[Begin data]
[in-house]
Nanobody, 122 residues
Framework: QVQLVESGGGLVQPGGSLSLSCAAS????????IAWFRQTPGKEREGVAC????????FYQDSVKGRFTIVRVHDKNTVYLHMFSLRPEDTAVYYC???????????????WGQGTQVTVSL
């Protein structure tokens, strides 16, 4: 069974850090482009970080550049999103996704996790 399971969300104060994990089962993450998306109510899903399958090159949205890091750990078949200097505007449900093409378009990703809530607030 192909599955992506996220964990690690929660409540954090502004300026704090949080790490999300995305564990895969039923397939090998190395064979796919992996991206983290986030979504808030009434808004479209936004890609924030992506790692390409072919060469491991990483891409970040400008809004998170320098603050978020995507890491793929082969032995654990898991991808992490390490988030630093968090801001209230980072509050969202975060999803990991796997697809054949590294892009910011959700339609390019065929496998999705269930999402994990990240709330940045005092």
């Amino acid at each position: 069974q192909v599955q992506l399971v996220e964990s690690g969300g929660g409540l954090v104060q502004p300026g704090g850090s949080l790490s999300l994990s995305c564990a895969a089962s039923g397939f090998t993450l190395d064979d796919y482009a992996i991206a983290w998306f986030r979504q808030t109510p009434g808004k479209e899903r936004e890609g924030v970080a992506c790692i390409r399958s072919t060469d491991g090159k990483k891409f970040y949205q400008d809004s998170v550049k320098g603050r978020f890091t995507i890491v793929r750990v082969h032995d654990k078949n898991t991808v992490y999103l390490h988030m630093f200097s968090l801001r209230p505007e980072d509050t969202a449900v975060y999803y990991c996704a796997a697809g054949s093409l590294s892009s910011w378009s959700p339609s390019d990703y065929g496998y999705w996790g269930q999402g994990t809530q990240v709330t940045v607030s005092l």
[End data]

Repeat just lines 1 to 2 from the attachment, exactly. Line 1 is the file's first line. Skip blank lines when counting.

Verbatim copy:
[in-house]
Nanobody, 122 residues